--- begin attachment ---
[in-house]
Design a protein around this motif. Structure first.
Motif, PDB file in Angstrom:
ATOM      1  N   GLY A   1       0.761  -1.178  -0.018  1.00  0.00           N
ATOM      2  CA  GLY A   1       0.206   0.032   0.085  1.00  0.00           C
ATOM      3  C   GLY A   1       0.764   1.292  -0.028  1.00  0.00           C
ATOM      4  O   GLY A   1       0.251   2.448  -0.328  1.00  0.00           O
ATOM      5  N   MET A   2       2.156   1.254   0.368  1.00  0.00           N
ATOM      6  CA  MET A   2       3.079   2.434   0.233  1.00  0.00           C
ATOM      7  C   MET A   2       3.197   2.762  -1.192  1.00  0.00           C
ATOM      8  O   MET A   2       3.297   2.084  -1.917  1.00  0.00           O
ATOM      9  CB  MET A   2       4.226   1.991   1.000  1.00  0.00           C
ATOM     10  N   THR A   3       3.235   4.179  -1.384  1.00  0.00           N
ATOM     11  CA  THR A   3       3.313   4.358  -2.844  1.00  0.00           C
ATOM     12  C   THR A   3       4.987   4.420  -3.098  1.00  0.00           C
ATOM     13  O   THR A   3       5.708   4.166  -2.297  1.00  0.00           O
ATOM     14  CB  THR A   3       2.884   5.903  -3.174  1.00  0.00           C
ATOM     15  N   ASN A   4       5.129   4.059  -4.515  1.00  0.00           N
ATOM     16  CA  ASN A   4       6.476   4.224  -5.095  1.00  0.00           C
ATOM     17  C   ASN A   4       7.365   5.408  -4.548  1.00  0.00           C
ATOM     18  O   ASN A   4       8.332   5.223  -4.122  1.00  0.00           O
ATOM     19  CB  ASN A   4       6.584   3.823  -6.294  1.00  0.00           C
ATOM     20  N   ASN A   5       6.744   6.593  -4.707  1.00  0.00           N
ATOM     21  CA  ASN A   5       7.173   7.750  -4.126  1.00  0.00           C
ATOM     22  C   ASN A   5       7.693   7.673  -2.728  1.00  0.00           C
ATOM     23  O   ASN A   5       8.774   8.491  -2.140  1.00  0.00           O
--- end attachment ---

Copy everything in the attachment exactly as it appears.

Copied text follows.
[in-house]
Design a protein around this motif. Structure first.
Motif, PDB file in Angstrom:
ATOM      1  N   GLY A   1       0.761  -1.178  -0.018  1.00  0.00           N
ATOM      2  CA  GLY A   1       0.206   0.032   0.085  1.00  0.00           C
ATOM      3  C   GLY A   1       0.764   1.292  -0.028  1.00  0.00           C
ATOM      4  O   GLY A   1       0.251   2.448  -0.328  1.00  0.00           O
ATOM      5  N   MET A   2       2.156   1.254   0.368  1.00  0.00           N
ATOM      6  CA  MET A   2       3.079   2.434   0.233  1.00  0.00           C
ATOM      7  C   MET A   2       3.197   2.762  -1.192  1.00  0.00           C
ATOM      8  O   MET A   2       3.297   2.084  -1.917  1.00  0.00           O
ATOM      9  CB  MET A   2       4.226   1.991   1.000  1.00  0.00           C
ATOM     10  N   THR A   3       3.235   4.179  -1.384  1.00  0.00           N
ATOM     11  CA  THR A   3       3.313   4.358  -2.844  1.00  0.00           C
ATOM     12  C   THR A   3       4.987   4.420  -3.098  1.00  0.00           C
ATOM     13  O   THR A   3       5.708   4.166  -2.297  1.00  0.00           O
ATOM     14  CB  THR A   3       2.884   5.903  -3.174  1.00  0.00           C
ATOM     15  N   ASN A   4       5.129   4.059  -4.515  1.00  0.00           N
ATOM     16  CA  ASN A   4       6.476   4.224  -5.095  1.00  0.00           C
ATOM     17  C   ASN A   4       7.365   5.408  -4.548  1.00  0.00           C
ATOM     18  O   ASN A   4       8.332   5.223  -4.122  1.00  0.00           O
ATOM     19  CB  ASN A   4       6.584   3.823  -6.294  1.00  0.00           C
ATOM     20  N   ASN A   5       6.744   6.593  -4.707  1.00  0.00           N
ATOM     21  CA  ASN A   5       7.173   7.750  -4.126  1.00  0.00           C
ATOM     22  C   ASN A   5       7.693   7.673  -2.728  1.00  0.00           C
ATOM     23  O   ASN A   5       8.774   8.491  -2.140  1.00  0.00           O